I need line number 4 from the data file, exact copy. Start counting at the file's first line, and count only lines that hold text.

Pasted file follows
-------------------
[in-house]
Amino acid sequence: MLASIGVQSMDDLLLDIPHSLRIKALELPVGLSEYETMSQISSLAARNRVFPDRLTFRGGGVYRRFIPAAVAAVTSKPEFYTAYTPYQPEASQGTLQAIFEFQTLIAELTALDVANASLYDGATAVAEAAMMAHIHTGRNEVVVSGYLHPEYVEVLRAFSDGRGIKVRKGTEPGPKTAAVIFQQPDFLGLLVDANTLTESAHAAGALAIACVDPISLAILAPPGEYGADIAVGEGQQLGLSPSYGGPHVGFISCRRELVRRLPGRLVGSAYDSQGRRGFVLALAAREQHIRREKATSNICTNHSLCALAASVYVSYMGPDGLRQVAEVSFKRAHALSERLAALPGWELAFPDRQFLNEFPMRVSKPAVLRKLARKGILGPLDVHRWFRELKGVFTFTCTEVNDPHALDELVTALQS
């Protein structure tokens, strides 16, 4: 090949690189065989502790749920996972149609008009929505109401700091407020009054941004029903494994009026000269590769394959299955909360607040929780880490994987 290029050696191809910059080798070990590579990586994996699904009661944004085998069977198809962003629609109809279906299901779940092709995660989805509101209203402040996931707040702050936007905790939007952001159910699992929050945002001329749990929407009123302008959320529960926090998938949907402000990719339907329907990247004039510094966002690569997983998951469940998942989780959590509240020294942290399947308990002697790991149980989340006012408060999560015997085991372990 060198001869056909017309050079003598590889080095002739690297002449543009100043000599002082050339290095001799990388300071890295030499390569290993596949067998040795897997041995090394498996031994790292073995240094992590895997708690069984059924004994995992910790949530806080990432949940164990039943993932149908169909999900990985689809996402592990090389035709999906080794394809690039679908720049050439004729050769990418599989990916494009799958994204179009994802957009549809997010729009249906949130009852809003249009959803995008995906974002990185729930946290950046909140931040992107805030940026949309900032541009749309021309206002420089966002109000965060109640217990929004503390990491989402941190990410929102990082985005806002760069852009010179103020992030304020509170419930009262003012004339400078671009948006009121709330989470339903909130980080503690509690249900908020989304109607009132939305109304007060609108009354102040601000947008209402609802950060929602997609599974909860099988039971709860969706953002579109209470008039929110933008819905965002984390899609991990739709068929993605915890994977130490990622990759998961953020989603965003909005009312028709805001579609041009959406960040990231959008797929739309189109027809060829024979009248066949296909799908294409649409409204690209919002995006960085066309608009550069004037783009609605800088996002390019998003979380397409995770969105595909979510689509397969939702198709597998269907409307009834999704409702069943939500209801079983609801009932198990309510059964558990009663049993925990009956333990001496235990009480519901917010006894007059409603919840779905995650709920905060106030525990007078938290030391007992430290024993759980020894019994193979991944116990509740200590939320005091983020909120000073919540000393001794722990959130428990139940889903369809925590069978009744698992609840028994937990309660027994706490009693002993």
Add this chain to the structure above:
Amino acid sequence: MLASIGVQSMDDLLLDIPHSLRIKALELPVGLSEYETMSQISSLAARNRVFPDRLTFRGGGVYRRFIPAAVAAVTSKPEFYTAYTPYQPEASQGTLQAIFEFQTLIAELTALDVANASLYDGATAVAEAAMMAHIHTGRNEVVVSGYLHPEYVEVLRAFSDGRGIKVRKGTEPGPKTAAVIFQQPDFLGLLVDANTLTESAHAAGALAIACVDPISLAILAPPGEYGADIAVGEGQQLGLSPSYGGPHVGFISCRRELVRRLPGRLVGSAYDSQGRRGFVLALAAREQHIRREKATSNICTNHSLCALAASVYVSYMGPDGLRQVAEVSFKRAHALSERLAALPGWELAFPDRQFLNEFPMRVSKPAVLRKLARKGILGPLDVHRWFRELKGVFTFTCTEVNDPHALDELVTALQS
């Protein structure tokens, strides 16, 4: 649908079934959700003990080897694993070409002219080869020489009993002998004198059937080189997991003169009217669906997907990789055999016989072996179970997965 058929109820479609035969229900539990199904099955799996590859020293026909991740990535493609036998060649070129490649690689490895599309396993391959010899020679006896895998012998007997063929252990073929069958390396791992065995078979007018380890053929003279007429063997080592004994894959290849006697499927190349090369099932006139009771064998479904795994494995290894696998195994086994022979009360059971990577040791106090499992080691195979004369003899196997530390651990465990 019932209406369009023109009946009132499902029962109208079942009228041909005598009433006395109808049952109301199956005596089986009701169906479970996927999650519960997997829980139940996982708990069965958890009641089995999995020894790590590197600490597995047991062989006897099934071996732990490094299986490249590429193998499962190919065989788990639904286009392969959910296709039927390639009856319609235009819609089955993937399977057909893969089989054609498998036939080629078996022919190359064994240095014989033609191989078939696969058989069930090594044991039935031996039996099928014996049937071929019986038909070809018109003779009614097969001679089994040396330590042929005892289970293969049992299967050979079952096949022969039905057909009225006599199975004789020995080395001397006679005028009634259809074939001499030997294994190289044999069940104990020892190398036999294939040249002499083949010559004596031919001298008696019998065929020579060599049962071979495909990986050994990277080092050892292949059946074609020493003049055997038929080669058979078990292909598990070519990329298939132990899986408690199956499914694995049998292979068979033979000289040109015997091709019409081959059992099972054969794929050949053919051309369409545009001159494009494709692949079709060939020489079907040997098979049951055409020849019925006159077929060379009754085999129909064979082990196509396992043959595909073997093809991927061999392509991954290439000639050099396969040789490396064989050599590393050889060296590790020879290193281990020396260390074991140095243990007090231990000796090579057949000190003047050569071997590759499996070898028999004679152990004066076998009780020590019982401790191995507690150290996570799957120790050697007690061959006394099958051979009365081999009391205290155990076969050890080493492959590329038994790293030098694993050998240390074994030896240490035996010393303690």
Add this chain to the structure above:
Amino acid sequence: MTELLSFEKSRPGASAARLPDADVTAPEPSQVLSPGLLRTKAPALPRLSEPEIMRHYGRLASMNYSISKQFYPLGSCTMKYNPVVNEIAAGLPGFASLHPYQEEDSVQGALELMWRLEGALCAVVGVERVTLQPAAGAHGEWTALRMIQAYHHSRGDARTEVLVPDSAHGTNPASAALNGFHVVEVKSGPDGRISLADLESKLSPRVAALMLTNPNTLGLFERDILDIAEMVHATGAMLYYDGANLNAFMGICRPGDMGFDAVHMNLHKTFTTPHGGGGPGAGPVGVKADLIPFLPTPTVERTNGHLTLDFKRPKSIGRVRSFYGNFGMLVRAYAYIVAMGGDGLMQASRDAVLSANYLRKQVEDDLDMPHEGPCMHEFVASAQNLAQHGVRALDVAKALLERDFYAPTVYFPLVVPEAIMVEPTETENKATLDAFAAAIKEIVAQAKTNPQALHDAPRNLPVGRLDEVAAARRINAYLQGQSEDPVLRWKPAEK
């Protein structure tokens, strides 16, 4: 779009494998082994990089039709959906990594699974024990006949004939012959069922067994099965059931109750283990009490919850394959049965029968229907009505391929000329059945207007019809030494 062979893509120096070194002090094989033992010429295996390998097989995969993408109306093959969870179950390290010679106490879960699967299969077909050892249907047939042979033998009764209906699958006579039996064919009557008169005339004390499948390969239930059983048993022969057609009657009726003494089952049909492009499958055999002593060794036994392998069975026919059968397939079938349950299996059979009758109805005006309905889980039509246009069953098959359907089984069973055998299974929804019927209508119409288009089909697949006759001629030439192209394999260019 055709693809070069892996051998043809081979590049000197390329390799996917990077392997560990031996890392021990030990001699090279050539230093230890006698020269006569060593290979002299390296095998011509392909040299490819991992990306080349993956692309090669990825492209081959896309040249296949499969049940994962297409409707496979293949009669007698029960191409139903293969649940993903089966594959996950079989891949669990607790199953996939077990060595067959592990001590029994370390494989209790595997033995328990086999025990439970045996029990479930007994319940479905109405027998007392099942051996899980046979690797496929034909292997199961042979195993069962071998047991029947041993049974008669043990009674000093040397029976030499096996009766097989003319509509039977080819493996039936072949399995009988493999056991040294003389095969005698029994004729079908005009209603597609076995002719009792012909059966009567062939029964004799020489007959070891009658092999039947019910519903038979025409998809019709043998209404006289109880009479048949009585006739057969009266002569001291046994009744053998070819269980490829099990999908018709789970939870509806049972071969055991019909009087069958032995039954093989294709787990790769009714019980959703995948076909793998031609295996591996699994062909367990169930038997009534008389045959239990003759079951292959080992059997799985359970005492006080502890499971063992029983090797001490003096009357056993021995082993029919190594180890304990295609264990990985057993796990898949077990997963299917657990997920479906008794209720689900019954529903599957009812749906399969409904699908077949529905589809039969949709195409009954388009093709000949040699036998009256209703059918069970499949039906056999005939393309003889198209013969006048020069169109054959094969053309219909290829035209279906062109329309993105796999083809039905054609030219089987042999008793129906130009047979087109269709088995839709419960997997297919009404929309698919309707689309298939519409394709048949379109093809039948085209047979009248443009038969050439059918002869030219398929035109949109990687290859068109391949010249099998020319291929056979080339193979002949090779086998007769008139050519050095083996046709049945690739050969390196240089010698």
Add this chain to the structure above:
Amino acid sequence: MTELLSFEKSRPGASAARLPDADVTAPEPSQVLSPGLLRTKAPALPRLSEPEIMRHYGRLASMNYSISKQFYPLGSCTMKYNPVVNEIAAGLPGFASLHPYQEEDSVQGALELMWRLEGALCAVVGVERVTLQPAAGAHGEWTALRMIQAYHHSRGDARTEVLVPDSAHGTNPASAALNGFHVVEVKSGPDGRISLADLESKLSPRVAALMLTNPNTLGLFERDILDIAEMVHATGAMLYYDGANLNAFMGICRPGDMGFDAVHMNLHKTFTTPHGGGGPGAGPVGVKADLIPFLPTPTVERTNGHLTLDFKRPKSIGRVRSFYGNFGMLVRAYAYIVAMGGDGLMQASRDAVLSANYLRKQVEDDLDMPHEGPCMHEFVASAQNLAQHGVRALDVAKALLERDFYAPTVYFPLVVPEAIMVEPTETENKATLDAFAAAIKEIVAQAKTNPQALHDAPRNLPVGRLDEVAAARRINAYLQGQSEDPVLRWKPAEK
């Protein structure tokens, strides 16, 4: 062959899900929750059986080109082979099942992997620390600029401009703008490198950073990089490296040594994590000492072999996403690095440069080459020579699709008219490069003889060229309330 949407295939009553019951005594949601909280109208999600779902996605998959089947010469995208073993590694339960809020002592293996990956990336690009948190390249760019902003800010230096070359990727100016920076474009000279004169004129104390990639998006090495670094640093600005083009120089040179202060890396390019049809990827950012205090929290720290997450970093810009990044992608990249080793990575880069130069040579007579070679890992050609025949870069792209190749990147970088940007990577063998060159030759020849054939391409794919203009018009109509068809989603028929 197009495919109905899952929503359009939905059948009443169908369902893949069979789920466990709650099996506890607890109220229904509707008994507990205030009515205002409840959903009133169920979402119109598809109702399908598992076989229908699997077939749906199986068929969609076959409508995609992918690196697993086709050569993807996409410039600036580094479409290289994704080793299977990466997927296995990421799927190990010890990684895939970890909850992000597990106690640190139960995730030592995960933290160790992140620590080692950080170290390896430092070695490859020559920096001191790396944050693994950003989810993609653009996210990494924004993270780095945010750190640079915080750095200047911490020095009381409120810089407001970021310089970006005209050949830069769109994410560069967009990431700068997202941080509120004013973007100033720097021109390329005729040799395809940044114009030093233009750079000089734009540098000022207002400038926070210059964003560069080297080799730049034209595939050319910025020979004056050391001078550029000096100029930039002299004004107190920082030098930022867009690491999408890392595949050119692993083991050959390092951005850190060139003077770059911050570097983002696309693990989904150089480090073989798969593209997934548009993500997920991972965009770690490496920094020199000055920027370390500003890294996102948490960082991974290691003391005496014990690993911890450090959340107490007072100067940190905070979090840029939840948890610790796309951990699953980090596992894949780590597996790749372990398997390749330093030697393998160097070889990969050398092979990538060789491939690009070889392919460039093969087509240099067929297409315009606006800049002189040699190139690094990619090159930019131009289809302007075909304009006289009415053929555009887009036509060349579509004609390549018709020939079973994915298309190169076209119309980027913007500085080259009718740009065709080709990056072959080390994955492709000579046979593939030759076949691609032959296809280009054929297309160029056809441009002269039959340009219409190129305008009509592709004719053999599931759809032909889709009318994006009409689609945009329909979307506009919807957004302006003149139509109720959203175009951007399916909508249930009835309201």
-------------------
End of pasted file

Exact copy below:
Add this chain to the structure above: